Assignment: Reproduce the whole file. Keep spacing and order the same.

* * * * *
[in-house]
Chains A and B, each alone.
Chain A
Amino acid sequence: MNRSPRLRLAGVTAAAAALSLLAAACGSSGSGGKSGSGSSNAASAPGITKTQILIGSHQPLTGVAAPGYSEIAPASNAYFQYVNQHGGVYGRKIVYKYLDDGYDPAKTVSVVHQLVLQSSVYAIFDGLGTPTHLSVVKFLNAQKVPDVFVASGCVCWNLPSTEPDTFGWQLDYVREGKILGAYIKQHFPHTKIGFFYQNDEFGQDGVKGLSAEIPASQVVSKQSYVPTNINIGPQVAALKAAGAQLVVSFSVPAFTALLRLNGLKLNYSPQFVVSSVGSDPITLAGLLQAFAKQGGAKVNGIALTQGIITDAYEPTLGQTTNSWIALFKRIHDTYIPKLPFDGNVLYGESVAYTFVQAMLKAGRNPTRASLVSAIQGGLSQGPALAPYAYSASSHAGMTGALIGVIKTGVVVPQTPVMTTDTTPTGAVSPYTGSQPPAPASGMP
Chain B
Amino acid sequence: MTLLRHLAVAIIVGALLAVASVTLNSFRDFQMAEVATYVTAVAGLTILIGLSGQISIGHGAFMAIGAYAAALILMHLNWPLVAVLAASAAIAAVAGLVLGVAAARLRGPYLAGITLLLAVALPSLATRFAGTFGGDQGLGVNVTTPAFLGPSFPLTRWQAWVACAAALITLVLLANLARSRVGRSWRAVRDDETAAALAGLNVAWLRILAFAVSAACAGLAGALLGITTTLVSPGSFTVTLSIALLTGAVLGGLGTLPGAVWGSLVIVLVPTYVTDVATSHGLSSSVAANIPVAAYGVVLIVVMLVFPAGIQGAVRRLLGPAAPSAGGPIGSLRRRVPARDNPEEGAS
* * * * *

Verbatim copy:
[in-house]
Chains A and B, each alone.
Chain A
Amino acid sequence: MNRSPRLRLAGVTAAAAALSLLAAACGSSGSGGKSGSGSSNAASAPGITKTQILIGSHQPLTGVAAPGYSEIAPASNAYFQYVNQHGGVYGRKIVYKYLDDGYDPAKTVSVVHQLVLQSSVYAIFDGLGTPTHLSVVKFLNAQKVPDVFVASGCVCWNLPSTEPDTFGWQLDYVREGKILGAYIKQHFPHTKIGFFYQNDEFGQDGVKGLSAEIPASQVVSKQSYVPTNINIGPQVAALKAAGAQLVVSFSVPAFTALLRLNGLKLNYSPQFVVSSVGSDPITLAGLLQAFAKQGGAKVNGIALTQGIITDAYEPTLGQTTNSWIALFKRIHDTYIPKLPFDGNVLYGESVAYTFVQAMLKAGRNPTRASLVSAIQGGLSQGPALAPYAYSASSHAGMTGALIGVIKTGVVVPQTPVMTTDTTPTGAVSPYTGSQPPAPASGMP
Chain B
Amino acid sequence: MTLLRHLAVAIIVGALLAVASVTLNSFRDFQMAEVATYVTAVAGLTILIGLSGQISIGHGAFMAIGAYAAALILMHLNWPLVAVLAASAAIAAVAGLVLGVAAARLRGPYLAGITLLLAVALPSLATRFAGTFGGDQGLGVNVTTPAFLGPSFPLTRWQAWVACAAALITLVLLANLARSRVGRSWRAVRDDETAAALAGLNVAWLRILAFAVSAACAGLAGALLGITTTLVSPGSFTVTLSIALLTGAVLGGLGTLPGAVWGSLVIVLVPTYVTDVATSHGLSSSVAANIPVAAYGVVLIVVMLVFPAGIQGAVRRLLGPAAPSAGGPIGSLRRRVPARDNPEEGAS